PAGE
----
Skip to content

House Leaders Stick to Party Lines on Rangel Investigation

House leaders split along partisan lines Thursday in their reactions to an ethics committee announcement that Rep. Charlie Rangel (D-N.Y.) will face an adjudicatory panel over allegations he violated House rules.

A spokesman for Speaker Nancy Pelosi (D-Calif.) did not mention Rangel by name in a statement Thursday. “The action today would indicate that the independent, bipartisan Ethics Committee process is moving forward,” Nadeam Elshami wrote.

House Minority Leader John Boehner (R-Ohio) issued a statement mentioning the ethics process, but it largely criticized Democratic legislative priorities.

“Today’s announcement is a sad reminder of Speaker Pelosi’s most glaring broken promise: to ‘drain the swamp’ in Washington,” he said. “Instead of presiding over ‘the most honest, most open, and most ethical’ Congress in history, Washington Democrats have presided over a string of bailouts, job-killing government takeovers, and other backroom deals. They are simply running out of steam — and out of credibility — as the American people continue to ask ‘where are the jobs?’ Republicans are offering better solutions to get people working again and make government more accessible and accountable to the people it serves.”

The House Committee on Standards of Official Conduct, the formal name for the ethics committee, announced Thursday that an investigative subcommittee found substantial reason to believe that Rangel broke House rules or even ran afoul of the law.

The committee has been investigating Rangel’s personal finances, fundraising and other matters for two years. It reviewed his use of multiple rent-controlled apartments in New York; his use of House stationery to raise funds for a City College of New York center bearing his name, as well as allegations that he engaged in a legislative quid pro quo with a company whose chief executive promised a donation to the center; his personal finances, including his failure to report the rental income from a Dominican Republic vacation home and his late payment of about $10,000 in federal and state taxes; his financial disclosure forms and amendments filed in 2009 that revealed more than $600,000 in assets and other income that he had not previously reported; and allegations he misused a House parking space for vehicle storage.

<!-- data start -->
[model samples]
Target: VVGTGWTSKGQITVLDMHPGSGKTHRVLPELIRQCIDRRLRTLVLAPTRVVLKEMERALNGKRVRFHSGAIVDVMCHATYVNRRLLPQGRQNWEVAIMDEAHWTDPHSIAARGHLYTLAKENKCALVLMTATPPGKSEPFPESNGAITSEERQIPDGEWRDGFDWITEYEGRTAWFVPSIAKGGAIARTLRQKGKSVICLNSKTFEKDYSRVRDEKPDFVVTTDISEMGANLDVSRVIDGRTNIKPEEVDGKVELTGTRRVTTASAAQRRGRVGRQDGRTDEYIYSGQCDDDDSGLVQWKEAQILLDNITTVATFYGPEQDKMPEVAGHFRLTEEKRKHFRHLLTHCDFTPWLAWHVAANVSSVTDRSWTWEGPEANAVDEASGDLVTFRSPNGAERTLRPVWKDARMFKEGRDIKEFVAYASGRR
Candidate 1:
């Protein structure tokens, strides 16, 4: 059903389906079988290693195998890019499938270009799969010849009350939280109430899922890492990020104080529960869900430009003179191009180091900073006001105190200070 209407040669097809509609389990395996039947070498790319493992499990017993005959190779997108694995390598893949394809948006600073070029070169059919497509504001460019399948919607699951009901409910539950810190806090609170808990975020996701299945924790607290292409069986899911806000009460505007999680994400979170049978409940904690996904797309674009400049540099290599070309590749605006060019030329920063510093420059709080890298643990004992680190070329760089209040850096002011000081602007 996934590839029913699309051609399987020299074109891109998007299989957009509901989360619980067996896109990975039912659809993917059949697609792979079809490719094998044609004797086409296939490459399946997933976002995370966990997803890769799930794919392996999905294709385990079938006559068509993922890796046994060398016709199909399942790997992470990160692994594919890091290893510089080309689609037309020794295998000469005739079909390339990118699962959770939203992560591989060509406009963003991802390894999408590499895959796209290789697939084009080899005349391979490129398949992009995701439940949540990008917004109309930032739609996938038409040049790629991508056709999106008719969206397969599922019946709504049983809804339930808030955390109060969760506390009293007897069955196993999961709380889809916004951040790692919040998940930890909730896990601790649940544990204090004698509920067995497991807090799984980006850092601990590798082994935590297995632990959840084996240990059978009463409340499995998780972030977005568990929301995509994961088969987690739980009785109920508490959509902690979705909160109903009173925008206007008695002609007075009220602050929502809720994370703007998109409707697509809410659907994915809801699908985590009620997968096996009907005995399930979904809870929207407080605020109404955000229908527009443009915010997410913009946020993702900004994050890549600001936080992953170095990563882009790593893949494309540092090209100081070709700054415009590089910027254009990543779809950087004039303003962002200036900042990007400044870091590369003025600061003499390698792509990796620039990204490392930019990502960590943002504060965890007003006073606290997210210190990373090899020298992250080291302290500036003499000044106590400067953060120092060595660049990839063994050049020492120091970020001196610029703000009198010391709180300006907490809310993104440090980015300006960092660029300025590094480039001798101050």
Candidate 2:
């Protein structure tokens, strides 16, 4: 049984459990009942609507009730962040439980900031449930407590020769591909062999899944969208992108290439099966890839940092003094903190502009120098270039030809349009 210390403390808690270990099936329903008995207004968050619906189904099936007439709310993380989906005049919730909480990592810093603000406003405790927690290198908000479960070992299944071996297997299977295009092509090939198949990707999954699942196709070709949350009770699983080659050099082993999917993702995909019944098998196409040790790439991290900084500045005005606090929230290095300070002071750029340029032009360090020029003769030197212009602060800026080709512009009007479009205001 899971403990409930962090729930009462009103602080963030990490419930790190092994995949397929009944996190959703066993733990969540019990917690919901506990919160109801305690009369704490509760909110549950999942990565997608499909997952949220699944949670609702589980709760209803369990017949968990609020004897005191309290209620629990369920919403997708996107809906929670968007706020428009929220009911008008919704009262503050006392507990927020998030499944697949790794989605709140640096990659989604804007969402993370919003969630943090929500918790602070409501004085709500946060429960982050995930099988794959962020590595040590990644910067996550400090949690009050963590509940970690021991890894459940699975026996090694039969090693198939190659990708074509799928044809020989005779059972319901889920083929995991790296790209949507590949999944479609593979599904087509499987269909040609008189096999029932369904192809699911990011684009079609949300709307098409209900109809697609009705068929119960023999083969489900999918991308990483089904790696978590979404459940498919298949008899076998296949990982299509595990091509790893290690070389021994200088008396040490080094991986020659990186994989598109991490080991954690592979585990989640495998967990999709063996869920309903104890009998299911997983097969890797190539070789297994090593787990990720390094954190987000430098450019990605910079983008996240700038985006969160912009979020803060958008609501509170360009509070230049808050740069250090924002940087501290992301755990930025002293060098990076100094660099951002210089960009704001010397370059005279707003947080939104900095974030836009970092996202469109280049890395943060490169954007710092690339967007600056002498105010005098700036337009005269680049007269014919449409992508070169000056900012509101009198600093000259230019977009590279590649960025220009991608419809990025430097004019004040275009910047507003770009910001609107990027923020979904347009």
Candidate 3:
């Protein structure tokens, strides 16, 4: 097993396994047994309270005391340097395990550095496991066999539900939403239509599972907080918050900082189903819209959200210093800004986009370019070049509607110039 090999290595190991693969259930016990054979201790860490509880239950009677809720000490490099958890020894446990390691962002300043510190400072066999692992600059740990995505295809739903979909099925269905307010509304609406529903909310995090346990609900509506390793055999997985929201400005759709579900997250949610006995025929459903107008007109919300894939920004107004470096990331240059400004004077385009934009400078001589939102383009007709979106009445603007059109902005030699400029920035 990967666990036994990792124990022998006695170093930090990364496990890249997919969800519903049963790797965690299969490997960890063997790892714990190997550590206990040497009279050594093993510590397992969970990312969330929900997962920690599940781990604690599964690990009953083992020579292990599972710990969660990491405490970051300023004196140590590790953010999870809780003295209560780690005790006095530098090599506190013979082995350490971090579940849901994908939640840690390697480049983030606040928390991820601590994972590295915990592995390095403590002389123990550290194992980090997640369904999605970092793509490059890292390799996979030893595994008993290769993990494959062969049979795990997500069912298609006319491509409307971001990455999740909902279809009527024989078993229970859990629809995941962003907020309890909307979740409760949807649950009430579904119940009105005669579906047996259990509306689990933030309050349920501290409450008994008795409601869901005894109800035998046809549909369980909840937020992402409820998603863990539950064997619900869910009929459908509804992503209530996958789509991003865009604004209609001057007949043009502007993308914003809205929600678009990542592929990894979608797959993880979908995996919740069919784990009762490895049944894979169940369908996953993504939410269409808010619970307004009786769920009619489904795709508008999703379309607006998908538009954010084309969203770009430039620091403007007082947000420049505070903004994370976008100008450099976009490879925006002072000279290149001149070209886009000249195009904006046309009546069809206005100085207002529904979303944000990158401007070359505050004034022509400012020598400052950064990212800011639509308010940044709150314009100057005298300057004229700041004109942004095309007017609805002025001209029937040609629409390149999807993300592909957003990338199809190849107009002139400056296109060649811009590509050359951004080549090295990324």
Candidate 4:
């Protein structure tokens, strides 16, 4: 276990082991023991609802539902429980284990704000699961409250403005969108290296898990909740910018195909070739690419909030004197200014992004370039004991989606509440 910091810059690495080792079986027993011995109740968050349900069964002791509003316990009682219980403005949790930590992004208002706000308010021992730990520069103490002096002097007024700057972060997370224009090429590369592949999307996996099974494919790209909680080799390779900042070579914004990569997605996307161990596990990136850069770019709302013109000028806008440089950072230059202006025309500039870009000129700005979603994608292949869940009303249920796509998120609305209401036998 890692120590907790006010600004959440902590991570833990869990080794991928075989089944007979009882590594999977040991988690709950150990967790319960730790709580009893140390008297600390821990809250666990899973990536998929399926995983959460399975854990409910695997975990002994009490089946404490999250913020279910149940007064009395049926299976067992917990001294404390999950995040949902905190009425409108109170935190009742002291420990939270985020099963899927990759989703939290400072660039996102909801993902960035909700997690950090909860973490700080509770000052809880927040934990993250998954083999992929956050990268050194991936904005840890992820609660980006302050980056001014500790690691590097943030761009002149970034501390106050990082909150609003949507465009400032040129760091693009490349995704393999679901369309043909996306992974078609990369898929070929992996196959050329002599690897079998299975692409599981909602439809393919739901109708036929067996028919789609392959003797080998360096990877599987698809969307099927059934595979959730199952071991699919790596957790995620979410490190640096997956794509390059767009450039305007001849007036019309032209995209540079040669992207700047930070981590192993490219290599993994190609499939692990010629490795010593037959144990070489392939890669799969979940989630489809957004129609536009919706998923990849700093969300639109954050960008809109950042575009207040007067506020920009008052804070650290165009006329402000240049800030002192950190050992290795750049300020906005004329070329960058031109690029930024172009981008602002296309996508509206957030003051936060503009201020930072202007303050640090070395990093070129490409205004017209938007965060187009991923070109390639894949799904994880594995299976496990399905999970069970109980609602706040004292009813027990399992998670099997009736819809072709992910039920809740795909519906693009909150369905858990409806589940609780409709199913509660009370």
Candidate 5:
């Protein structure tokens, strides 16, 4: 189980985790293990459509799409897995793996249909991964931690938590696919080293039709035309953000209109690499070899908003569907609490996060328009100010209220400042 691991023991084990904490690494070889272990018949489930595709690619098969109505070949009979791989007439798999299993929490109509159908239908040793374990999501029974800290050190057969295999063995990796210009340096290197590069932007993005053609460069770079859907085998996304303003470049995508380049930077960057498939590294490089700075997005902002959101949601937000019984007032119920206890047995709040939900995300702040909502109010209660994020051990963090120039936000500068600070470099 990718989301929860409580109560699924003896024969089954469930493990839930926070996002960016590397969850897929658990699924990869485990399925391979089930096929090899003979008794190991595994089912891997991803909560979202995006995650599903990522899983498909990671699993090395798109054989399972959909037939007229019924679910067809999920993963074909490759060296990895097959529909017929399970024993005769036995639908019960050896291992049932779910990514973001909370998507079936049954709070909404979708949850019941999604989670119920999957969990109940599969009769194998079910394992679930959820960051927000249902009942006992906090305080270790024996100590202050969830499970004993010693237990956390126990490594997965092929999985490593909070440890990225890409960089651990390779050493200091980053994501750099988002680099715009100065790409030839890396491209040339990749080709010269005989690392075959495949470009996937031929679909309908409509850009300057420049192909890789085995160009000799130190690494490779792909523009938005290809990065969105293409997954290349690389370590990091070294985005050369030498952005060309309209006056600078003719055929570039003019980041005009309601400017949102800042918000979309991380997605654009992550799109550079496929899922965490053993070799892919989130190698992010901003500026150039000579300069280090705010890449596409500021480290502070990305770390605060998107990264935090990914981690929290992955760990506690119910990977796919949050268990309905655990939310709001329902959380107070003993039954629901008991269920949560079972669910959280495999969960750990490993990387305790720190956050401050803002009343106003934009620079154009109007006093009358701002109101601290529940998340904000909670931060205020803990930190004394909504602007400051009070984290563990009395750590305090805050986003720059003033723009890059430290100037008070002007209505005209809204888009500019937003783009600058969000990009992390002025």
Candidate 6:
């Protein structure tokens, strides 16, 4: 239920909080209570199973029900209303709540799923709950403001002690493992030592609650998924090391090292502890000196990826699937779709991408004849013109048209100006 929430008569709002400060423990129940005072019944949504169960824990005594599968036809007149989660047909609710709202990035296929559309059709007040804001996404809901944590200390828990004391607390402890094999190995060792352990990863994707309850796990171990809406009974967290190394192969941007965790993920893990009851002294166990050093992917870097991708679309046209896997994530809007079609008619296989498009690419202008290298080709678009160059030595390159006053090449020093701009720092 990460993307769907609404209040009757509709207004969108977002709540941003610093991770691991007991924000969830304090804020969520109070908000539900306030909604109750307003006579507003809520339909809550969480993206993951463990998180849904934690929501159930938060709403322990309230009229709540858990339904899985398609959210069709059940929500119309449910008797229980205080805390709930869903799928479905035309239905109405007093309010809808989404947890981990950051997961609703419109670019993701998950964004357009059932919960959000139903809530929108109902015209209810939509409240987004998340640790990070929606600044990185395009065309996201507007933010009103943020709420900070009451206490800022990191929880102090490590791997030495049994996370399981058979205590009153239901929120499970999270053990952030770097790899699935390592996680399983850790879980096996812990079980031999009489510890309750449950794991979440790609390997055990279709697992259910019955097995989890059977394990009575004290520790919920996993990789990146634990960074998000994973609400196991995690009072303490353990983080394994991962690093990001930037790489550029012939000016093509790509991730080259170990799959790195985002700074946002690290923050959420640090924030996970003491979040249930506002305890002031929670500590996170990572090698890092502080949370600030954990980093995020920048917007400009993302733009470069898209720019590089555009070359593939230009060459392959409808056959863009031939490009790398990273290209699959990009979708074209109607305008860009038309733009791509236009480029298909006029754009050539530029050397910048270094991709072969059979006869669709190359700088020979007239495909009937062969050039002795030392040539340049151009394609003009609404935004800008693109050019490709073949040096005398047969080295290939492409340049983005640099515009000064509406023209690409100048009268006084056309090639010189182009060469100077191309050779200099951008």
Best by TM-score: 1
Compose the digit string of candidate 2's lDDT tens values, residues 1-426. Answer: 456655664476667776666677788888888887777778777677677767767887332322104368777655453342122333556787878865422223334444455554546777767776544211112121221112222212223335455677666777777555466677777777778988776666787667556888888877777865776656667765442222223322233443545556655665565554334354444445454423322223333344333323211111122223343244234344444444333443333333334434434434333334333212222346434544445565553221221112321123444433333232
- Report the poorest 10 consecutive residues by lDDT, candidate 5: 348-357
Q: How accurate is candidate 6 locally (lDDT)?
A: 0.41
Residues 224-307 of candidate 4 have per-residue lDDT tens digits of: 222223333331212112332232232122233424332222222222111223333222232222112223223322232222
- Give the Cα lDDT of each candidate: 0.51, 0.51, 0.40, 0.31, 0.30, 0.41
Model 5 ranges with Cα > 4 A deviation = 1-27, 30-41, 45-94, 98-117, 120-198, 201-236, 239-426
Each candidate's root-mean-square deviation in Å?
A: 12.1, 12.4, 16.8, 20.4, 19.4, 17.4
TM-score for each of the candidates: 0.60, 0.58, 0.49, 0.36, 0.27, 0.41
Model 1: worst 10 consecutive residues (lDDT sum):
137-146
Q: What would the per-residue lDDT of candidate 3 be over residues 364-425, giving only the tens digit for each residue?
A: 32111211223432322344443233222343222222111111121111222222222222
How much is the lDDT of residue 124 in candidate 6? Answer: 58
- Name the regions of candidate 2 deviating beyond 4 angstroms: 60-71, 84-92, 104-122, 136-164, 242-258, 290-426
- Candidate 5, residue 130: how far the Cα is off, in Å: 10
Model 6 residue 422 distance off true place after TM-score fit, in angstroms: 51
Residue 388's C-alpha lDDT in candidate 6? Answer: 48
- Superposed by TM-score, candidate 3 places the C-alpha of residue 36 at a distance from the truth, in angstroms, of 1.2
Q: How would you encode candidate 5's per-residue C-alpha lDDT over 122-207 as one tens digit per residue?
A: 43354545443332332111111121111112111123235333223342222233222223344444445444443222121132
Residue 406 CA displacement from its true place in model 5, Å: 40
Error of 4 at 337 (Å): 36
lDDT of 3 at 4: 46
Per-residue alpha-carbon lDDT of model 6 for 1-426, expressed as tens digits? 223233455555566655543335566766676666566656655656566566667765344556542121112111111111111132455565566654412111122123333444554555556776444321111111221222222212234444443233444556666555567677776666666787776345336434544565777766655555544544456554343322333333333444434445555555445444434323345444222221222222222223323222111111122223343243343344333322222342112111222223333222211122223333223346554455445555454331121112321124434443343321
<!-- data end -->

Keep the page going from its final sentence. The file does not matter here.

The ethics committee statement released Thursday did not detail the alleged violations or whether they include the potential abuse of House rules or laws. Rangel said in a statement Thursday that he would not respond to the specific allegations until the ethics panel makes them public.

“I am pleased that, at long last, sunshine will pierce the cloud of serious allegations that have been raised against me in the media,” he said in a statement.

The adjudicatory panel, which will determine whether Rangel violated House rules or broke the law, will be led by ethics Chairwoman Zoe Lofgren (D-Calif.) and Rep. Michael McCaul (R-Texas). Reps. G.K. Butterfield (D-N.C.), Kathy Castor (D-Fla.), Peter Welch (D-Vt.), Mike Conaway (R-Texas), Charlie Dent (R-Pa.) and Gregg Harper (R-Miss.) will also be on the panel.

If the adjudicatory panel finds Rangel in violation, the full ethics committee must then hold a public sanction hearing to determine a punishment or vote to make a recommendation to the full House.

Sanctions that the committee may hand down for violation of House rules include a letter of reproval, reprimand, censure and expulsion.

Recent Stories

Should doctors in Congress earn money for their side job?

Supreme Court dodges definitive answer on legality of a ‘wealth tax’

Senate Finance Democrats look to raise revenue for 2025 tax cliff

Capitol Lens | Juneteenth on the Maryland campaign trail

At the Races: Trumping incumbency

Trump, Biden propel migrants to forefront of ‘contentious’ race